LITTLE ROCK, Ark. (KARK) — As Arkansas sees a rise in the number of COVID-19 cases, state leaders are implementing new tactics to try and curb the spread. This includes new guidelines aimed at places of worship, a move that drew mixed reaction when it was first announced Tuesday.
According to the Arkansas Department of Health, Pulaski County saw between 250 and 300 COVID cases linked to places of worship between May and October. This data comes from contact tracing and those COVID positive who claimed they had attended a service at a place of worship within two weeks of their diagnosis. While religious centers are one of the contributing factors to a spike in cases, some say the new focus on places of worship isn’t necessarily fair.
Since the start of the COVID-19 pandemic, Arkansans have had to adjust their lives in order to stay safe. These changes stretch to places of worship, where many gather in large numbers to celebrate their religion. Today, that looks a bit different.
“We are maintaining physical distancing, hand sanitizing, and we are also following the guidelines of the CDC requiring that everyone has masks.” Pastor Jewel R. Withers, Jr. serves at both the Williams Temple Church of God in Christ, and the Holy Temple Cathedral Church of God in Christ.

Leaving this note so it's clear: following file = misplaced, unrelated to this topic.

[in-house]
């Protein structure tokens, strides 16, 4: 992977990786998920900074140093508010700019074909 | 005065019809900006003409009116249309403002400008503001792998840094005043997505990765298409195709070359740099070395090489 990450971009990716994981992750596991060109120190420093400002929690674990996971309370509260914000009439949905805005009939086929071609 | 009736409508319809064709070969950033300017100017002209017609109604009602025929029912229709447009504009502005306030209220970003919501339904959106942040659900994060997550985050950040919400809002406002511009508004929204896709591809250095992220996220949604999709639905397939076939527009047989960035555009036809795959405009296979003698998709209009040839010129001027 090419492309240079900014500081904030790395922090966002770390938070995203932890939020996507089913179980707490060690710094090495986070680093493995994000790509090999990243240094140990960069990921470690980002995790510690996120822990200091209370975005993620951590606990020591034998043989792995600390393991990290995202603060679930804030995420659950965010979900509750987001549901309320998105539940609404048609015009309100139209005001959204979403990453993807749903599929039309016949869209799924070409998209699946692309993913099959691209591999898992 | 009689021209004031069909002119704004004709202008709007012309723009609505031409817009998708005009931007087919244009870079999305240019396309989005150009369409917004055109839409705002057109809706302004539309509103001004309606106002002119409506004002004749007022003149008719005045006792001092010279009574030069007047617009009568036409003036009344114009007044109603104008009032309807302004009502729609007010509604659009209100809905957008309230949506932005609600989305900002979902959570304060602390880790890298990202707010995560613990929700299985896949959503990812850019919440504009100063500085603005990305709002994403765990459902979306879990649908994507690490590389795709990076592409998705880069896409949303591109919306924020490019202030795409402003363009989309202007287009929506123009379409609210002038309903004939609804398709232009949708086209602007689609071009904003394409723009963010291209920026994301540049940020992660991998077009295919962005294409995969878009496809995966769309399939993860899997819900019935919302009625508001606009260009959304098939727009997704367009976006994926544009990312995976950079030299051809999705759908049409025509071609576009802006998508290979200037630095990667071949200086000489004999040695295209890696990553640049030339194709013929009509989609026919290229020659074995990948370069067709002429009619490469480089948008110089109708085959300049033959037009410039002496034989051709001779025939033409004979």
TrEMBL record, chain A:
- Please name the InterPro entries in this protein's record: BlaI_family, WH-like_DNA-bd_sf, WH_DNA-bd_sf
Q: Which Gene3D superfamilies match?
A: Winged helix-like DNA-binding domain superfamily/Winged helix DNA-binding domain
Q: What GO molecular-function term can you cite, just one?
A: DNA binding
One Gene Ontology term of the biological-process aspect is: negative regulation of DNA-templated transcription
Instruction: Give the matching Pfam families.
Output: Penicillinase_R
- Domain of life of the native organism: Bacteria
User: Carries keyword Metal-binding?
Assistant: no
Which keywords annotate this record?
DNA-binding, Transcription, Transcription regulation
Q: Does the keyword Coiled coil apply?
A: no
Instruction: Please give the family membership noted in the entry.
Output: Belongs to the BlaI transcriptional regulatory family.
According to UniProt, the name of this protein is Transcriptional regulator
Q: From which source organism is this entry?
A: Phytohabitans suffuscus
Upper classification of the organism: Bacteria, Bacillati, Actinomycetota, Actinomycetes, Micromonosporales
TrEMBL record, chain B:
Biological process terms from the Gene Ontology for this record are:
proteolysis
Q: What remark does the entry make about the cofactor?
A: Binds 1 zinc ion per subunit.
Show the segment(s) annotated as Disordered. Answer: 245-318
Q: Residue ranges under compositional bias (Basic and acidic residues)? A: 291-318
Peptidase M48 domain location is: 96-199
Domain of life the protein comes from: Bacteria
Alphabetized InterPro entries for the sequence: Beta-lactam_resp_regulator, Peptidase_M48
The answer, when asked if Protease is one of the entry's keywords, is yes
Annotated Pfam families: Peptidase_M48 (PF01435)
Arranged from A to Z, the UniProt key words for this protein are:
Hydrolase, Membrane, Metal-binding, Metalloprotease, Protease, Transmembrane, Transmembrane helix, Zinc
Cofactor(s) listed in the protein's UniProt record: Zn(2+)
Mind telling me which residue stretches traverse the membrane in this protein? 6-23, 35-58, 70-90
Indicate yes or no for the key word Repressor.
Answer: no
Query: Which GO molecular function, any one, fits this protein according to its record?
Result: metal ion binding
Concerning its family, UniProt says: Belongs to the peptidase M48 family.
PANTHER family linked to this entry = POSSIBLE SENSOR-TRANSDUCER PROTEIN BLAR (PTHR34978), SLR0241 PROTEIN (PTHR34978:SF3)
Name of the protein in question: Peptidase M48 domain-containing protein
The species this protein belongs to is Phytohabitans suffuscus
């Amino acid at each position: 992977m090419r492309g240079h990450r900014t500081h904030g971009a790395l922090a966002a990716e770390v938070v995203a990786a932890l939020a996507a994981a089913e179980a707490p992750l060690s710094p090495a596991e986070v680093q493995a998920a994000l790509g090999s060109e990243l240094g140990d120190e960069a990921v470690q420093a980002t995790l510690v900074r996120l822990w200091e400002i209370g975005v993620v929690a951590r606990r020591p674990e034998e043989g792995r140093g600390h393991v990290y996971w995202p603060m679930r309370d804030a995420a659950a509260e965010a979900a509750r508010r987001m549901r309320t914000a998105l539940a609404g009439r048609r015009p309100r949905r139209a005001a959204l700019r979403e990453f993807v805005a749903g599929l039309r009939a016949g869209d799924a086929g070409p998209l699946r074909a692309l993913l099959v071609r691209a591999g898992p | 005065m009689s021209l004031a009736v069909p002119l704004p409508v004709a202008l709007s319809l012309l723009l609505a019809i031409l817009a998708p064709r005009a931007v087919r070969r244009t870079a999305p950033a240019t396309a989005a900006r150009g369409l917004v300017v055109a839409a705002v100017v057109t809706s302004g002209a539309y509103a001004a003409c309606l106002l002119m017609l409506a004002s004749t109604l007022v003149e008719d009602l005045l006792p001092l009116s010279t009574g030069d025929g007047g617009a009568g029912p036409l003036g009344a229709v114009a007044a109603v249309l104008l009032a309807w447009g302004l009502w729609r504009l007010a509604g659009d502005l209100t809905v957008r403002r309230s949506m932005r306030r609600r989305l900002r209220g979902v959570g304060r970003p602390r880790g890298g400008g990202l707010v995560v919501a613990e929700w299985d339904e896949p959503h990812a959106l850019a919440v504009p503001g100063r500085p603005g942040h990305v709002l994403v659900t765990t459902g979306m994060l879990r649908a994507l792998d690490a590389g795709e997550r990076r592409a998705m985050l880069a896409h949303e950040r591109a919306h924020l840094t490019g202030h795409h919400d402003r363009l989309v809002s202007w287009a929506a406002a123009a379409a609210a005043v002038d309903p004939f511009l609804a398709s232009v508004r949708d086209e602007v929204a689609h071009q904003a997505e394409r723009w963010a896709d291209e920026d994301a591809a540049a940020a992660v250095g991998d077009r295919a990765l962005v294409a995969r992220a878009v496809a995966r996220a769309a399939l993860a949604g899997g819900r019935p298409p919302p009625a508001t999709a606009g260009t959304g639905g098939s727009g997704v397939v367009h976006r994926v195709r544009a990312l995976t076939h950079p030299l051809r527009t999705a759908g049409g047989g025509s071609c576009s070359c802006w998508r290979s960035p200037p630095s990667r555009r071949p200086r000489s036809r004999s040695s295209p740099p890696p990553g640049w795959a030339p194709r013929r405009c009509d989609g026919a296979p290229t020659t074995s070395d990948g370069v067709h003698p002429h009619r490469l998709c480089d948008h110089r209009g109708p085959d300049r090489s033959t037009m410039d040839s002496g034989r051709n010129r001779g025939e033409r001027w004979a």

He’s taken steps to keep his worshipers safe, including handing out masks and live streaming services. He says he’ll do whatever is necessary to keep his community healthy, including following guidelines put out by the state.
“Whatever the guidelines are,” Withers said, “those are the things that we will be requiring.”
Tuesday, Governor Hutchinson updated Arkansas’ COVID guidelines for places of worship, including requiring musicians to wear a mask at all times and asking parishioners to stay 6 feet apart. His announcement drew mixed reaction.
State Senator Trent Garner says he’s noticed many places of worship had already been staying safe, even before the new limits.
“Most places of worship in my area,” Garner said, “have taken the COVID-19 pandemic seriously.” He’s concerned that too much focus right now is on religious centers, and not on other possible places of transmission.
“The reason of our cases exploding isn’t just because of churches,” said Garner. “It’s a multitude of reasons.”
Although the guidelines are not a mandate, some churches will be implementing the new rules in order to make sure those searching for comfort in this difficult time are able to do so safely.
“It’s so critically important that we maintain that connection during this season,” Withers said.
You can read the new guidelines below:
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